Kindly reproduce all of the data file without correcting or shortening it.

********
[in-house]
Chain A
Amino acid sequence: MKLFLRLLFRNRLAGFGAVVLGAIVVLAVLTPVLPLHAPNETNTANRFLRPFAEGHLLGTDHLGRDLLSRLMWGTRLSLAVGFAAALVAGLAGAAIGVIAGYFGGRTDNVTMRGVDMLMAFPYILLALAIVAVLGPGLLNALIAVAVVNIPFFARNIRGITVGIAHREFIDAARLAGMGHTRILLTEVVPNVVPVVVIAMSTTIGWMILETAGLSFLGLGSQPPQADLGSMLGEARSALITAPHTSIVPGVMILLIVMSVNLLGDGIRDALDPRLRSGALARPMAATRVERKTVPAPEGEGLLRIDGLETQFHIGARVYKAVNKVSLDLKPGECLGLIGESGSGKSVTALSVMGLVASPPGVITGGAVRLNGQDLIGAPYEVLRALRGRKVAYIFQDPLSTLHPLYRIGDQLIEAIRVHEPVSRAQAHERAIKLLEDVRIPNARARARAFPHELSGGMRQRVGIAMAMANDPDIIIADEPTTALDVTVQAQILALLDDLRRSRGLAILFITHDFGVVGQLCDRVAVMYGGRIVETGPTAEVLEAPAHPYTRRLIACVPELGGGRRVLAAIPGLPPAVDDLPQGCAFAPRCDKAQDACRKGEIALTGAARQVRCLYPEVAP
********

[in-house]
Chain A
Amino acid sequence: MKLFLRLLFRNRLAGFGAVVLGAIVVLAVLTPVLPLHAPNETNTANRFLRPFAEGHLLGTDHLGRDLLSRLMWGTRLSLAVGFAAALVAGLAGAAIGVIAGYFGGRTDNVTMRGVDMLMAFPYILLALAIVAVLGPGLLNALIAVAVVNIPFFARNIRGITVGIAHREFIDAARLAGMGHTRILLTEVVPNVVPVVVIAMSTTIGWMILETAGLSFLGLGSQPPQADLGSMLGEARSALITAPHTSIVPGVMILLIVMSVNLLGDGIRDALDPRLRSGALARPMAATRVERKTVPAPEGEGLLRIDGLETQFHIGARVYKAVNKVSLDLKPGECLGLIGESGSGKSVTALSVMGLVASPPGVITGGAVRLNGQDLIGAPYEVLRALRGRKVAYIFQDPLSTLHPLYRIGDQLIEAIRVHEPVSRAQAHERAIKLLEDVRIPNARARARAFPHELSGGMRQRVGIAMAMANDPDIIIADEPTTALDVTVQAQILALLDDLRRSRGLAILFITHDFGVVGQLCDRVAVMYGGRIVETGPTAEVLEAPAHPYTRRLIACVPELGGGRRVLAAIPGLPPAVDDLPQGCAFAPRCDKAQDACRKGEIALTGAARQVRCLYPEVAP